WHEN the European Community's vast Single Market officially takes effect on Jan. 1, there will be no balloons and brass bands, and holiday fliers between EC cities will still face passport checks at airports. Europeans will wake up New Year's Day with the same 10 percent unemployment and doubts about European unity.
"There won't be the Big Bang some might have expected," says Ricardo Perissich, EC director-general for the Single Market.
Yet in its current dour mood, Europe risks almost overlooking the revolutionary step forward it has taken in creating the world's largest and wealthiest barrier-free market - and on a continent where, for centuries, economic battles have led to some of history's bloodiest wars. Moreover, a failure to reinforce the Single Market by pushing forward with European integration could lead to an unraveling of what the internal market program has achieved, some observers say.
"The Single Market is central to the Community's progress, but it is by no means certain that it could stand alone," says one senior EC official here. "If the political will to continue moving forward fails, we can anticipate more strains in the marriage contract that ultimately would strike at what we've accomplished."
The EC's languishing Maastricht Treaty for deeper political and economic integration is the obvious example cited. Without the prospect of a single European currency, as called for in Maastricht, the Single Market risks experiencing more of the damaging monetary instability of the past few months, some analysts note. And without the promise of deeper political integration, those EC countries looking for more than a glorified free-trade zone could tire of the Single Market's free-market philosophy.
As Europe's economy has soured, free-market ideas that are new to much of Europe face new challenges. "It's worth remembering that a majority of the questions asked during the debate in France on the Maastricht referendum actually had nothing to do with Maastricht at all, but with measures already taken under the Single Market," says Perissich. "We are not safely beyond a backlash against the new world of competition."
If Europeans aren't bursting to give the Single Market a coming-out party, it may simply be that markets aren't the kinds of things people gush about, as EC Commission President Jacques Delors has often noted. The fact that free movement of people - an aspect of the market that will be most evident to the average person - is not yet a reality also plays a role. (Border delays, Page 12.)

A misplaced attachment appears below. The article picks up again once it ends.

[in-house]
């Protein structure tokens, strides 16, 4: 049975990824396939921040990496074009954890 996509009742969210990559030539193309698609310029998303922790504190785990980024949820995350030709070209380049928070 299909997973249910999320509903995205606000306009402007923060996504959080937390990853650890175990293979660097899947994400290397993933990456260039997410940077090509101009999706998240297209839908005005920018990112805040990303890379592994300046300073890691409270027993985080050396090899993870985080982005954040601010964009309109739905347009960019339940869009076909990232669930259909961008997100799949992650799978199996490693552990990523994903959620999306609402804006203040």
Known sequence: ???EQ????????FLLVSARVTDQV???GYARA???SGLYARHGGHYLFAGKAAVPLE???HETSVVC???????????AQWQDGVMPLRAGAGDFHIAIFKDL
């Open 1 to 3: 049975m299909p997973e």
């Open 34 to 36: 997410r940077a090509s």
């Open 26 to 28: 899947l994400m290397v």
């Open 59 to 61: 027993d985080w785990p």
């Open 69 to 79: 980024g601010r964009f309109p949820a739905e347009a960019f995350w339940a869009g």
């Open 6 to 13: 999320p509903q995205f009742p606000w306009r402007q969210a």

Another explanation is that many of the market's original 282 directives have already been implemented.
"By Jan. 1 we will have passed 95 percent of what we sought in 1986 to create the Single Market, and much of that will already have been translated into national law," says Perissich. "Adjustment to the market has been going on for years and won't be expected over- night."
But perhaps the major reason is the dark economic clouds now hanging over Europe. One of the central justifications for the Single Market was its ability to create greater prosperity, but it is making its debut just as Europe traverses one of its roughest economic storms in years.
"We're going to wind up 1992 with just about the same level of unemployed - nearly 10 percent Community-wide - that we had before this project," says an aide to Mr. Delors. In addition, economic growth is skidding to an anticipated 1 percent next year. All of which adds up to consumer and business confidence sinking to the same lows recorded during the pre-Single Market days of Euro-pessimism.
Both EC and independent analysts say that business anticipated the economic benefits of the Single Market, so that much of the burst of economic activity in preparation for the new market has already occurred.
Business investment, which had been flat for the five years preceding the decision in 1985 to create the Single Market, soared to a 7-percent annual growth rate from 1985-90. GNP growth over the same five years averaged 3.5 percent; mergers, joint ventures, and plant modernizations took off; and the moribund economies of new EC members Spain and Portugal jumped with new life.
But beyond the short-term statistics, many analysts say the real revolution of "1992" - Brussels shorthand for the Single Market project - is how it has changed the way Europe works and how it approaches business.
"Adoption of the 1992 program led to [national] budget cuts, deregulation, privatizations, and a general cutback in the excess role of the state," says Jacques Pelkmans, a researcher at the Center for European Policy Studies here and author of an upcoming book on "How 1992 Changed European Integration."
Mr. Pelkmans is not among those who believe that the EC's Single Market is threatened by the doubt building over Europe's continued integration. "1992 is a set of laws, and because of the mutual stakes no one would take a breach of those laws lightly," he says.
But he also acknowledges that further progress opened up by 1992 will be more difficult because the strong leadership that existed across the EC as the Single Market was being implemented is no longer present.
"Leaders five years ago had the courage and the political strength to take some very difficult decisions, but today that's no longer the case," he says. "Everyone is politically weak back home, which leads to fighting instead of compromise over Europe."
Perissich agrees that the current weakness of European leadership is a problem, but he adds that the Single Market is now largely in the hands of all Europeans. "What the Community has completed rather well is the legal framework, but it is not a blueprint for how the Single Market will actually work," says Perissich.
"Consumers and operators will have to invent their own Single Market according to their tastes, imagination, and ambition," he adds. "That's not for us to say from here."